Tuesday, January 22, 2008

Composition with Barnboard & Sheet Metal


FARMSTEAD PHOTOGRAPHY: Barns and backhouses are usually simple structures that lay bare the geometric shapes from which they are composed. One sees the gable side or the long side of a barn. Except when topography dictates differently, the buildings often reach out in rows or perpendicularly. As I move around a farmstead the gable ends pile up and move apart, grow thin like turrets and then spread the broad cheeks of a gable face. Silos and various hoppers add cylinders, cones, and semispheres, but especially they add verticality.

As one circles around these barn-clusters gables, broadsides, vertical thrusts and backgrounds are continuously recomposing themselves. With shorter lenses walls, fences, rooflines, and hillscapes lead the eye deeply into the photo illusion, and a really short "wide angle" lens will send the corners flying as the illusion goes deep. With a long lens at a fair distance the elements flatten like an architect's elevation diagram. The painter's palette is paint; the photographer's palette is objects in space.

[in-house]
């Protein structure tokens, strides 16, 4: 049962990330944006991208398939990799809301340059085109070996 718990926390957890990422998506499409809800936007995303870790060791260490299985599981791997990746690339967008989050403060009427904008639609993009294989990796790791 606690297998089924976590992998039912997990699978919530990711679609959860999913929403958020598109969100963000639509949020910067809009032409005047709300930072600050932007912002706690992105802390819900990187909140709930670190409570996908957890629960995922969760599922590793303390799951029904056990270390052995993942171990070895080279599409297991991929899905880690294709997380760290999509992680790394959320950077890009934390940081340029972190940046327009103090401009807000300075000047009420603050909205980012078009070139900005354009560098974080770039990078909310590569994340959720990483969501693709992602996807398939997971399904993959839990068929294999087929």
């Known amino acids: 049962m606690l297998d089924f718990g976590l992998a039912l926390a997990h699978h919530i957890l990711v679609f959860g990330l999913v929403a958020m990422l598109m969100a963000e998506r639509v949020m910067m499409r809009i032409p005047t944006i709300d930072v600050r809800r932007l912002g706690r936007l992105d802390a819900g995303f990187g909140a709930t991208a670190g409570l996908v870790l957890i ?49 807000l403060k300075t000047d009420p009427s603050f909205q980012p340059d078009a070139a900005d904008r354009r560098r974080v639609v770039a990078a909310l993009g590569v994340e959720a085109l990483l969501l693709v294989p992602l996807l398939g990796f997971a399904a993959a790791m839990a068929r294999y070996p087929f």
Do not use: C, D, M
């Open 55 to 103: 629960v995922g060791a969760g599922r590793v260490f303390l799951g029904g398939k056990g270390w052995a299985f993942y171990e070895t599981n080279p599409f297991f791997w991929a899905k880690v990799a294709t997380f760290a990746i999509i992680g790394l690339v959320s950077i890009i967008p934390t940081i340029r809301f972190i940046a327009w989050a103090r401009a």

3 comments:

photowannabe said...

Love the lines and angles and the different color textures. You are an artist.

'JoAnn's-Digital-Eyes' said...

Hi Ted,
What a strange (lovely!) kind of wood colour, is it made like this or natural? Anyway I like the photo composition/lines, very nice to see. Thanks for showing:)

Have a great weekend , watch my sky of Holland today, and listen to the new song on my blog:)

JoAnn greetings

Ted Roth said...

Thanks Photowannabe and JoAnn for your kind and encouraging comments.

The color of the wood is just the result of aging paint. New England barns are often red but painted infrequently. Sometimes they are left with the same coat of paint for decades, and the boards start rotting at the bottom edges. On old barns one can also see the signs of years of patching where rotten boards are trimmed along a line and new boards inserted in the lower, rotting sections.

In any case, the barns in question get minimal use and minimal care. The paint is peeling and wearing thin; the boards are decaying a bit. However, these barns remain structurally sound for now.